Once off the airplane, I had to get through passport control. The woman didn't speak any English, but she seemed frustrated that I was not Russian, meaning she had more paperwork. She didn't hand it back to me, but told me to go through the gate. Eventually she realized that she hadn't actually returned my documents, and then I got to go through customs. They did scan my bags, but nothing else. I then walked out into the non-scure area and was greeted by a barrage of people. It felt like I was a celebrity at a movie premier, or maybe a celebrity arriving at a funeral?

There were hundreds and hundreds of people behind ropes, holding signs and some were yelling. It was very somber, though. All I knew was that Grint was to meet me, but I didn't know how or where. So I kept walking, and had several people touch me and kept asking if I wanted a taxi. It was really unnerving. Eventually I saw a small man holding a sign with mine and one other American's name on it. I approached him, and introduced myself in Russian. Stupidly, I extended my hand before remembering that only very... forward girls do that here. He didn't reply at all, and then just walked off. I waited, he returned a few minutes later, and then he left again. He came back with another girl who also had luggage, and we left the airport. (I found out later that they can tell you aren't Russian if you don't bring back electronic stuff with you, ie, televisions and computers, and if your bags are not wrapped in saran wrap. Apparently they do that to keep them clean?)

Leaving the airport meant crossing a six lane highway, which didn't seem to phase him, and several staircases. We got to a huge parking lot and eventually he stopped at one car. I started to load our bags, and then asked where I should sit. He just pointed to the car.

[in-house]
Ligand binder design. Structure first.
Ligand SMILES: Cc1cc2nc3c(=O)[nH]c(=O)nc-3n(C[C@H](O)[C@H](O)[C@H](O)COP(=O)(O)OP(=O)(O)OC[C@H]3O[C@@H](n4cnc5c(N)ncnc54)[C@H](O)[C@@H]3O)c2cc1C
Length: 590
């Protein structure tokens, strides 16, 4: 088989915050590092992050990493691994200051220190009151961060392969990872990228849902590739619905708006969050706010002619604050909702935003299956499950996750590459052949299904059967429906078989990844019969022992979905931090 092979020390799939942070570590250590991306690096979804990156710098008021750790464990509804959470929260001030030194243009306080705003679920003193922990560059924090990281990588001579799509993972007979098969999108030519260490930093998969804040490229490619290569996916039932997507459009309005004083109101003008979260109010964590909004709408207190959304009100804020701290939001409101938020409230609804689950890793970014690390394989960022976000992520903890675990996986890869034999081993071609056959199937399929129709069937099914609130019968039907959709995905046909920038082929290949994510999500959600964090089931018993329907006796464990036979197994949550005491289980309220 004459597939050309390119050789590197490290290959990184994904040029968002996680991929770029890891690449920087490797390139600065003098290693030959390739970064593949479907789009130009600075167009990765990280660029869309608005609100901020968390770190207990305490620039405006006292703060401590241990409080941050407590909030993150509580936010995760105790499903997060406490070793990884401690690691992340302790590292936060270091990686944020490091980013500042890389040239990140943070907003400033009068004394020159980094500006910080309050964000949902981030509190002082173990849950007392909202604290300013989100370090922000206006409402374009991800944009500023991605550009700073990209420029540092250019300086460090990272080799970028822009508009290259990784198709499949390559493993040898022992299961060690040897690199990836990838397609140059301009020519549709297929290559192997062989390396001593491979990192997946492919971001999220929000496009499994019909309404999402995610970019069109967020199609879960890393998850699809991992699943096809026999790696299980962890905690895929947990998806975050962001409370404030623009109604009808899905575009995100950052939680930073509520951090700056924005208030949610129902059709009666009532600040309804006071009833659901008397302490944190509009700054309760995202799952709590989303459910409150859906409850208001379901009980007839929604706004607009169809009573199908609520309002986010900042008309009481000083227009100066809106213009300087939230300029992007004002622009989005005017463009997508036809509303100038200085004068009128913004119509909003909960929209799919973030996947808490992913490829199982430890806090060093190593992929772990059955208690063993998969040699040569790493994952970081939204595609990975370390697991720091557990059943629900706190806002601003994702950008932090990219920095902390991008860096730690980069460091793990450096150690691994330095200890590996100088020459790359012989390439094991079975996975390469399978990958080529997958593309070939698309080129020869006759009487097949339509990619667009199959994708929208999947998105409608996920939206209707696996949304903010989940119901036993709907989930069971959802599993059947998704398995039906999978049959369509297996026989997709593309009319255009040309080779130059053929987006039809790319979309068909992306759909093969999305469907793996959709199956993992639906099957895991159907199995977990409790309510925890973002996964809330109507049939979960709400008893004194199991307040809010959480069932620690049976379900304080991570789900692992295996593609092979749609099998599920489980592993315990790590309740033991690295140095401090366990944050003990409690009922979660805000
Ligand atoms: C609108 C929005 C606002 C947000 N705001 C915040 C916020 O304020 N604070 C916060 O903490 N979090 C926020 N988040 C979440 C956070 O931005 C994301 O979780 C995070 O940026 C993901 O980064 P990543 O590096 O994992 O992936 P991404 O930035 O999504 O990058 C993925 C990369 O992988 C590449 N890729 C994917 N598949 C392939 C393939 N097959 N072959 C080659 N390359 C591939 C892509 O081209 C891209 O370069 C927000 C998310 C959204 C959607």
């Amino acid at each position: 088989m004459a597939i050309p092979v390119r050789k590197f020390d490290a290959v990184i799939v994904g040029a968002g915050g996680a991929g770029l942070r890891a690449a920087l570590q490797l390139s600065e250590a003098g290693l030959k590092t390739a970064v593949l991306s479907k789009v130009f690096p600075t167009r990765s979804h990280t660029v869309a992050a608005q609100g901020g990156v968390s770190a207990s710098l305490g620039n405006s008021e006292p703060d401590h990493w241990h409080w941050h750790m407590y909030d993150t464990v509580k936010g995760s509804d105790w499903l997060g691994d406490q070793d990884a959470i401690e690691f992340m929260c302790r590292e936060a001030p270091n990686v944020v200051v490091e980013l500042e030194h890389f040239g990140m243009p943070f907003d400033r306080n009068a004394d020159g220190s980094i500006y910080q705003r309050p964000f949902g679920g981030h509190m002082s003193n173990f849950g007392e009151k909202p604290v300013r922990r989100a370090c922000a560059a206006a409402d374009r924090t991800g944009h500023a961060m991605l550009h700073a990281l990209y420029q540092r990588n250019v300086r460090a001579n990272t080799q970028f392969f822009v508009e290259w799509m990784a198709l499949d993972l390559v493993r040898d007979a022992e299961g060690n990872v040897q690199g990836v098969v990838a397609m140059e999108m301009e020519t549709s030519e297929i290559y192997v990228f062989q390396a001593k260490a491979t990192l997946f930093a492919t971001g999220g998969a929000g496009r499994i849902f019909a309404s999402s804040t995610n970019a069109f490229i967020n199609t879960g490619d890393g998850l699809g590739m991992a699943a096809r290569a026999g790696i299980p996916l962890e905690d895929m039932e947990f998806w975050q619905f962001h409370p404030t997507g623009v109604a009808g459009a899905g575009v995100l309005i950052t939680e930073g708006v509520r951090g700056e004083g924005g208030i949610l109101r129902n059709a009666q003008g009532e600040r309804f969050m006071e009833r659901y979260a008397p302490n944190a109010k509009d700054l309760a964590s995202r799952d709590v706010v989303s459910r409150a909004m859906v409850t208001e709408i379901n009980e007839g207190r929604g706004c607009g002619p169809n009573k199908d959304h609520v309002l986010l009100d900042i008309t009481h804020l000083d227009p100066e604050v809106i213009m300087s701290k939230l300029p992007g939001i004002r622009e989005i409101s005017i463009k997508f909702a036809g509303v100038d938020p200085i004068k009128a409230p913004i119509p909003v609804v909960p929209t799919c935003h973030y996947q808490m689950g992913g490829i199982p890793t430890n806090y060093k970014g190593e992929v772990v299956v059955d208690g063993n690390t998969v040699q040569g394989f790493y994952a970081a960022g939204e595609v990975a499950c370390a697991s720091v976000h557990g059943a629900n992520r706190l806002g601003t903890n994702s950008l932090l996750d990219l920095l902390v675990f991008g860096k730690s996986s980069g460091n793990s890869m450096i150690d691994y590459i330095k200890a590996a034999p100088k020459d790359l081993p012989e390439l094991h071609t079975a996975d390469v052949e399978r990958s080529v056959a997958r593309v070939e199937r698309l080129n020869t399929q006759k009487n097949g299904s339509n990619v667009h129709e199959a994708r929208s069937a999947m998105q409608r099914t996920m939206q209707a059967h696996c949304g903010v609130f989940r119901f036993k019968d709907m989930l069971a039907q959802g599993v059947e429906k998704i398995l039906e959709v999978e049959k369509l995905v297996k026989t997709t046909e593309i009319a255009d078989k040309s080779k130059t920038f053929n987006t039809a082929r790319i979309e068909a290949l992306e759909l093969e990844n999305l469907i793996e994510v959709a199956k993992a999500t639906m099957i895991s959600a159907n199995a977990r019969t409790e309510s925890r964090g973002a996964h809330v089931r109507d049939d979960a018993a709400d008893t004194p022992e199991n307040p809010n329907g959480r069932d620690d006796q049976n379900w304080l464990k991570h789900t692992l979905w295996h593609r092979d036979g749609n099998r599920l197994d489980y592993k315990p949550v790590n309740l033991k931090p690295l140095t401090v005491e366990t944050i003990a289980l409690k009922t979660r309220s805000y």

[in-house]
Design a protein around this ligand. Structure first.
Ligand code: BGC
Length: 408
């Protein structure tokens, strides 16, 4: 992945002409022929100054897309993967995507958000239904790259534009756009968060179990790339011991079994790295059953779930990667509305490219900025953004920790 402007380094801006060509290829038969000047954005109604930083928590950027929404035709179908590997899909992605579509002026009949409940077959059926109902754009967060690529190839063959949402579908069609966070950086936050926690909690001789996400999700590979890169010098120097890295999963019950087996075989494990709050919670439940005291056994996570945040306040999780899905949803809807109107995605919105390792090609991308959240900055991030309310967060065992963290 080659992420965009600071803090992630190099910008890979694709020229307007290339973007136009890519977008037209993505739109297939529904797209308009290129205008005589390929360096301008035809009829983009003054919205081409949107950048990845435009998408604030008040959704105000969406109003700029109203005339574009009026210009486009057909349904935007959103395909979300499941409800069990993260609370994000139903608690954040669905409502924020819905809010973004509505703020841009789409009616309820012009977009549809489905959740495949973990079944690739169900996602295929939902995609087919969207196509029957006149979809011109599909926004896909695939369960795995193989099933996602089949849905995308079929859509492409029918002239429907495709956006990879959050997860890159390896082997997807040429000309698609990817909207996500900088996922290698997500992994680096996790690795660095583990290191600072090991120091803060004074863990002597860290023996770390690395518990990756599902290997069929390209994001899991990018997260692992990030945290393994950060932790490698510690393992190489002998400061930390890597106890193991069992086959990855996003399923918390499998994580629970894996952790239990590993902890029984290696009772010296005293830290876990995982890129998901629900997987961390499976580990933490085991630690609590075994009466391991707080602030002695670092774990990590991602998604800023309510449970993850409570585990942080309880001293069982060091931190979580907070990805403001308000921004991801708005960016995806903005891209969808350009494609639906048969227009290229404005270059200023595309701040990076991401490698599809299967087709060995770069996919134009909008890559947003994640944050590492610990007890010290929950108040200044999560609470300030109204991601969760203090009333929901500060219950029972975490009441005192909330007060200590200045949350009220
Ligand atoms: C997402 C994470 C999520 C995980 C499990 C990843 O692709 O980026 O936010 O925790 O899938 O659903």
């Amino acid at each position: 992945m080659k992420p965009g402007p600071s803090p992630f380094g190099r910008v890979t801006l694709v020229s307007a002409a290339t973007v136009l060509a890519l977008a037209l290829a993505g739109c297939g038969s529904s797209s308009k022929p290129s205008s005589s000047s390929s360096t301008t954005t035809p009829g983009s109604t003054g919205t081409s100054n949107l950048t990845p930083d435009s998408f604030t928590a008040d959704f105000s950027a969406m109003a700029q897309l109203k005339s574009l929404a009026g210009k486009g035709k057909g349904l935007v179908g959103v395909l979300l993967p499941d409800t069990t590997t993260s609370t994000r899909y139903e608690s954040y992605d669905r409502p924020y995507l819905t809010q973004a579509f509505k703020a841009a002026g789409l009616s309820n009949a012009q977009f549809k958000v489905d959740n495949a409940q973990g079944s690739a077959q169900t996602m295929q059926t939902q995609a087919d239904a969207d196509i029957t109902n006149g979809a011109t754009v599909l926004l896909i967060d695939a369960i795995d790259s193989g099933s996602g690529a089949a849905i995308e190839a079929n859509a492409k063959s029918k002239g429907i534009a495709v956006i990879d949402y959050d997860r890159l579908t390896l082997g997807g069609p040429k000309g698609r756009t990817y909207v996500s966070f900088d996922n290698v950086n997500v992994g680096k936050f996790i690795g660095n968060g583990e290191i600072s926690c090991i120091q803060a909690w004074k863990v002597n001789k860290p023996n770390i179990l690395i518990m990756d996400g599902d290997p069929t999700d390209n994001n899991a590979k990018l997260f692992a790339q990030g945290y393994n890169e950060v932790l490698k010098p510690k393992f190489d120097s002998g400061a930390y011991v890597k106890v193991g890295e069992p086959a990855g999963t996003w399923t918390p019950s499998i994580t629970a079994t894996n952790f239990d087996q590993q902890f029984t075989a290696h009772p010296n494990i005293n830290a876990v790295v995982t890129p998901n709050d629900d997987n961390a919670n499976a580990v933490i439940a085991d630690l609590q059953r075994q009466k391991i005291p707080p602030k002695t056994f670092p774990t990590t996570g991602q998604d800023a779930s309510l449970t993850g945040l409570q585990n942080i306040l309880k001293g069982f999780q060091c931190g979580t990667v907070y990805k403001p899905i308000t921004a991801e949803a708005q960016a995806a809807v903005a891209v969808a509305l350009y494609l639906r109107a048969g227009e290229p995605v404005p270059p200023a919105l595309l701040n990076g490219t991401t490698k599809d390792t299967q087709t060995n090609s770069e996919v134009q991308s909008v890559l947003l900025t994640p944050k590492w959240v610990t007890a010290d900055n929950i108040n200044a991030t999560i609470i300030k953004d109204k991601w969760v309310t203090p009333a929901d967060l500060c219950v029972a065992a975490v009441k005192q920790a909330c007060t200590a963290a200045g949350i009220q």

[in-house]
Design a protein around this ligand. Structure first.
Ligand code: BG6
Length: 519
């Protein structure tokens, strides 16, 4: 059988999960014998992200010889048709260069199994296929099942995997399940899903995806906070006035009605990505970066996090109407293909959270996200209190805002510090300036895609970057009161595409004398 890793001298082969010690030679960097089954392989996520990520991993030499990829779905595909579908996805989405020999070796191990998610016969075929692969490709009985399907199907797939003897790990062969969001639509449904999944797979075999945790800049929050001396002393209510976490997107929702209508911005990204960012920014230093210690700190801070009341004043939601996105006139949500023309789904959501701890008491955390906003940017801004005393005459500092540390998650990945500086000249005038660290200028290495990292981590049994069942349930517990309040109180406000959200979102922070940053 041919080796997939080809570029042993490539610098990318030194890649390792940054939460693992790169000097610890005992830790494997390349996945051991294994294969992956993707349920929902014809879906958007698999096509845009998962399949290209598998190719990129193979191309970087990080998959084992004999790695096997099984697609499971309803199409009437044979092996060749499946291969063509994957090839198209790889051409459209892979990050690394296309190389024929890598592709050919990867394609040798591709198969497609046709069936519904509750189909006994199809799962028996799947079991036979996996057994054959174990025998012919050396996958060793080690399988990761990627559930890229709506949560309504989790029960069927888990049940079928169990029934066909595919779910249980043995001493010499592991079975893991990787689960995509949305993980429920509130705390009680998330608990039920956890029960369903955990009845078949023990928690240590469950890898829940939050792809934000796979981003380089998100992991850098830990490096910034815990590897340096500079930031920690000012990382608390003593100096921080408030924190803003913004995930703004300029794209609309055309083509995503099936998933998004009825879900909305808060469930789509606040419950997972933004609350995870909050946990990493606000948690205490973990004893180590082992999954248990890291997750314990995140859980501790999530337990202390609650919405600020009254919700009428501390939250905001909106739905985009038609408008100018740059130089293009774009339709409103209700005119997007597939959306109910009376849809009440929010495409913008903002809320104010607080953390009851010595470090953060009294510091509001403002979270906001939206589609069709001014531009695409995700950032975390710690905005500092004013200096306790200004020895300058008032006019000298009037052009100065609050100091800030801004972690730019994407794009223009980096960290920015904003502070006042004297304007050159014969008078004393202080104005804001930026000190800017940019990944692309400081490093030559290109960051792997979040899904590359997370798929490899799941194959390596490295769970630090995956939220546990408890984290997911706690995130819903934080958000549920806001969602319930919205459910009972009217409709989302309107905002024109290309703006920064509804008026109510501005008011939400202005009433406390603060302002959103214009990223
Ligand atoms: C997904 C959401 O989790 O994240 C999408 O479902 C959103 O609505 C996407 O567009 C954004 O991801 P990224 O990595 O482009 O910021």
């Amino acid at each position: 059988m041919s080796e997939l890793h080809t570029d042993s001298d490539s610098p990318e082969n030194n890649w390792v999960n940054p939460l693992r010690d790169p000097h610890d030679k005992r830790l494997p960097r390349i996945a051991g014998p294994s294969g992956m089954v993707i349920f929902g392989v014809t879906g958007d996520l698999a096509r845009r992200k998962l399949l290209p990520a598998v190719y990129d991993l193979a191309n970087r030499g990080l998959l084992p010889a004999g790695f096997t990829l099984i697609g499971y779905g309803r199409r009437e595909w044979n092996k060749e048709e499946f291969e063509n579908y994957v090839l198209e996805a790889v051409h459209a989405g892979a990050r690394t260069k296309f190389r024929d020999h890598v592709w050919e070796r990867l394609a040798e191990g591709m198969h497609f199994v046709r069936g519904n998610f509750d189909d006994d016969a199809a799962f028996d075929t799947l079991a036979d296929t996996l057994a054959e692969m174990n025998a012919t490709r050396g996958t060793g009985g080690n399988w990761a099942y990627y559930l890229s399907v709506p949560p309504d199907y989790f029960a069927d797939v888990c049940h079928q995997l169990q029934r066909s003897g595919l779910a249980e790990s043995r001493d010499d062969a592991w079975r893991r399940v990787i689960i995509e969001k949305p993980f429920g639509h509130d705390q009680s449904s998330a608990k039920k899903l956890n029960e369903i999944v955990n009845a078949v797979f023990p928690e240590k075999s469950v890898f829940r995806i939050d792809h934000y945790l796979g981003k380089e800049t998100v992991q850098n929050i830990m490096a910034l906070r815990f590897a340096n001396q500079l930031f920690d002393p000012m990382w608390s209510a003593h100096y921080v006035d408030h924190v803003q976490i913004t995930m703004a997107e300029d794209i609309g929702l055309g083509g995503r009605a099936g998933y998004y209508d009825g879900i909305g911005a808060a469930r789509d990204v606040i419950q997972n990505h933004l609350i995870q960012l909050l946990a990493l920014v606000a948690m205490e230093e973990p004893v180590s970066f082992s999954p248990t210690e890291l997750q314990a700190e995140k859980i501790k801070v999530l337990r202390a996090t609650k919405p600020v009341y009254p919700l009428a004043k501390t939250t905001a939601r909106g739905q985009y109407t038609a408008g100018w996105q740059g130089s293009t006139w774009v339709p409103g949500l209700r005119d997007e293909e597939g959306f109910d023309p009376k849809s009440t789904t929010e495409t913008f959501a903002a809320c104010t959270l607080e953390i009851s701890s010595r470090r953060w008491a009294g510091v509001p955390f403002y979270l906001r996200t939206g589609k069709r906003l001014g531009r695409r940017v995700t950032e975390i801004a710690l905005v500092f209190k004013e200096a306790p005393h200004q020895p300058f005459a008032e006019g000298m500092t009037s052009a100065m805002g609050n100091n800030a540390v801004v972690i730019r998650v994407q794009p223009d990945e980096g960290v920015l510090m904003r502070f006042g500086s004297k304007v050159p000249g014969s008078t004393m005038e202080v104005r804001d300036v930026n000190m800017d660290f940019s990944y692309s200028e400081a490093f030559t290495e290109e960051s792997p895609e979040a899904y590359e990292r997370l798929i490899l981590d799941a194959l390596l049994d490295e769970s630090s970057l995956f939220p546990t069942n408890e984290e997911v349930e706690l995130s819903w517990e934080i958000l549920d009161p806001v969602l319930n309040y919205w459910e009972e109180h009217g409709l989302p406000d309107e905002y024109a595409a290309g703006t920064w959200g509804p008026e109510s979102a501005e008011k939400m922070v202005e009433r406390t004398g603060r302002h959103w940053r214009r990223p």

Awesome. Way to be helpful. We drove in complete silence except for the Russian pop music playing on the radio. I think Jenny and I were just far too jet lagged and nervous to be able to make conversation. Then Ricky Martin's La Vida Loca came on as we drove through the Russian countryside and past a nuclear power plant. Talk about surreal. We went through the gates of the university, and I immediately fell in love with it. It is designed as a park, and so it is filled with birches and evergreens and twisty walkways. The buildings are painted colours like pale pink, minty green, and a light yellow. Most have huge windows and balconies. The dormitories (there are only two) are rather ugly, though. We pulled up to the dorm, and a man walked out wearing an Ambercrombie and Fitch t-shirt. This was Daniel, our RA of sorts. He spoke Russian well to our driver, but he welcomed us to Russia with a slight Texan drawl.

We said goodbye to our driver, who left without a word. Then we made our way through the security guards, who seemed highly amused at us. Then it was the trip in the tiny elevator up to the ninth floor, and into the apartment. Somehow it already felt homey, though this is probably from seeing photos of it from the other Macon girls. Jenny and I were the first to get to Moscow. We began to unpack our bags, where we felt like we'd brought both too much and not enough.

Daniel handed us bedding, which is so mismatched it is hilarious. I have a fitted sheet of blue plaid with daisies, top sheets of some Native american-looking geometric pattern, a tan and pink throw, and a green and yellow wool blanket. The rooms and apartment are generally quite nice, though. My favorite part is our classy balcony, ie, rusted fire escape.

This is probably it for now, as I have class in the morning. I promise I will I'll post pictures soon, and try to be better about keeping everyone updated. Oh, and the photo at the beginning would be one that Ele snapped of me reading on the fire escape our first night here.